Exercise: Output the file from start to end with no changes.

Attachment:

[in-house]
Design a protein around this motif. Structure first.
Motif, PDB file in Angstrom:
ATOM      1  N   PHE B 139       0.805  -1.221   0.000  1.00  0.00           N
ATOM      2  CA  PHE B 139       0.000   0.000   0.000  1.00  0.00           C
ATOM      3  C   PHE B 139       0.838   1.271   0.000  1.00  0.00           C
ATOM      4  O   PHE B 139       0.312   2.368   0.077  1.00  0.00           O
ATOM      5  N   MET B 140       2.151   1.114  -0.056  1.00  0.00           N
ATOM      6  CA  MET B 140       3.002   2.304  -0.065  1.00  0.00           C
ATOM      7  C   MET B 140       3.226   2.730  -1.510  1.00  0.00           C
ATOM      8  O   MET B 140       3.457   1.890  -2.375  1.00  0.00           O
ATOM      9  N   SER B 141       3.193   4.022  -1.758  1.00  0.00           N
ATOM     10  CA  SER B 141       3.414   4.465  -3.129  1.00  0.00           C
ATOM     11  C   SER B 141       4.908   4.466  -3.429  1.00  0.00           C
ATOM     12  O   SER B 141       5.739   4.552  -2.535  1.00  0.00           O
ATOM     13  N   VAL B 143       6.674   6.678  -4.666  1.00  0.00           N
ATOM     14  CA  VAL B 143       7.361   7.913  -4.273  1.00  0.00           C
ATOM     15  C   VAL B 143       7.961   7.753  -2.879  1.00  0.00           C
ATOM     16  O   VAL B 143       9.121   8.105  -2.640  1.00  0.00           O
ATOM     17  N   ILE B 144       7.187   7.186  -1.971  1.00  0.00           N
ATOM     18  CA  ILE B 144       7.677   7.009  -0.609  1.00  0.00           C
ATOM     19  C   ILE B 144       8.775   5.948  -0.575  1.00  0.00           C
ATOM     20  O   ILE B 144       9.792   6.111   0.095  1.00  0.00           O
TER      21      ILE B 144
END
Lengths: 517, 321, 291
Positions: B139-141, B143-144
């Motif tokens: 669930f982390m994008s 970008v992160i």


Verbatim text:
[in-house]
Design a protein around this motif. Structure first.
Motif, PDB file in Angstrom:
ATOM      1  N   PHE B 139       0.805  -1.221   0.000  1.00  0.00           N
ATOM      2  CA  PHE B 139       0.000   0.000   0.000  1.00  0.00           C
ATOM      3  C   PHE B 139       0.838   1.271   0.000  1.00  0.00           C
ATOM      4  O   PHE B 139       0.312   2.368   0.077  1.00  0.00           O
ATOM      5  N   MET B 140       2.151   1.114  -0.056  1.00  0.00           N
ATOM      6  CA  MET B 140       3.002   2.304  -0.065  1.00  0.00           C
ATOM      7  C   MET B 140       3.226   2.730  -1.510  1.00  0.00           C
ATOM      8  O   MET B 140       3.457   1.890  -2.375  1.00  0.00           O
ATOM      9  N   SER B 141       3.193   4.022  -1.758  1.00  0.00           N
ATOM     10  CA  SER B 141       3.414   4.465  -3.129  1.00  0.00           C
ATOM     11  C   SER B 141       4.908   4.466  -3.429  1.00  0.00           C
ATOM     12  O   SER B 141       5.739   4.552  -2.535  1.00  0.00           O
ATOM     13  N   VAL B 143       6.674   6.678  -4.666  1.00  0.00           N
ATOM     14  CA  VAL B 143       7.361   7.913  -4.273  1.00  0.00           C
ATOM     15  C   VAL B 143       7.961   7.753  -2.879  1.00  0.00           C
ATOM     16  O   VAL B 143       9.121   8.105  -2.640  1.00  0.00           O
ATOM     17  N   ILE B 144       7.187   7.186  -1.971  1.00  0.00           N
ATOM     18  CA  ILE B 144       7.677   7.009  -0.609  1.00  0.00           C
ATOM     19  C   ILE B 144       8.775   5.948  -0.575  1.00  0.00           C
ATOM     20  O   ILE B 144       9.792   6.111   0.095  1.00  0.00           O
TER      21      ILE B 144
END
Lengths: 517, 321, 291
Positions: B139-141, B143-144
């Motif tokens: 669930f982390m994008s 970008v992160i």